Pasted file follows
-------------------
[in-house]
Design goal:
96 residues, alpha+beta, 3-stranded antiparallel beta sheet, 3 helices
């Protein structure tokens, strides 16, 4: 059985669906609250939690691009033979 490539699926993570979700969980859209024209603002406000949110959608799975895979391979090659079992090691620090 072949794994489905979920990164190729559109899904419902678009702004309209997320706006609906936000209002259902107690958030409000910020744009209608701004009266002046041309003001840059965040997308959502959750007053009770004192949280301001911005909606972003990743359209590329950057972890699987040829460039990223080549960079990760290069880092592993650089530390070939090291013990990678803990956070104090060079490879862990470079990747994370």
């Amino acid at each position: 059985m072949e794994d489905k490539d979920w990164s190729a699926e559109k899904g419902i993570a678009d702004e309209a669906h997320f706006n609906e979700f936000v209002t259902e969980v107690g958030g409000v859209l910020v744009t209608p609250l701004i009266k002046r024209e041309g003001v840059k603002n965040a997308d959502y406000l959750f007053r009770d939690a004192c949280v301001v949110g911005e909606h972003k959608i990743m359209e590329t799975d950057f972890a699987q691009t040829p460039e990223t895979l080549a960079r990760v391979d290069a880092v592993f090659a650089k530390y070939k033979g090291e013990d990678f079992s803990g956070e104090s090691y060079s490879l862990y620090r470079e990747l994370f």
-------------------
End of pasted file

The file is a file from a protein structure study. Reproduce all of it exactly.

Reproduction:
[in-house]
Design goal:
96 residues, alpha+beta, 3-stranded antiparallel beta sheet, 3 helices
């Protein structure tokens, strides 16, 4: 059985669906609250939690691009033979 490539699926993570979700969980859209024209603002406000949110959608799975895979391979090659079992090691620090 072949794994489905979920990164190729559109899904419902678009702004309209997320706006609906936000209002259902107690958030409000910020744009209608701004009266002046041309003001840059965040997308959502959750007053009770004192949280301001911005909606972003990743359209590329950057972890699987040829460039990223080549960079990760290069880092592993650089530390070939090291013990990678803990956070104090060079490879862990470079990747994370």
């Amino acid at each position: 059985m072949e794994d489905k490539d979920w990164s190729a699926e559109k899904g419902i993570a678009d702004e309209a669906h997320f706006n609906e979700f936000v209002t259902e969980v107690g958030g409000v859209l910020v744009t209608p609250l701004i009266k002046r024209e041309g003001v840059k603002n965040a997308d959502y406000l959750f007053r009770d939690a004192c949280v301001v949110g911005e909606h972003k959608i990743m359209e590329t799975d950057f972890a699987q691009t040829p460039e990223t895979l080549a960079r990760v391979d290069a880092v592993f090659a650089k530390y070939k033979g090291e013990d990678f079992s803990g956070e104090s090691y060079s490879l862990y620090r470079e990747l994370f």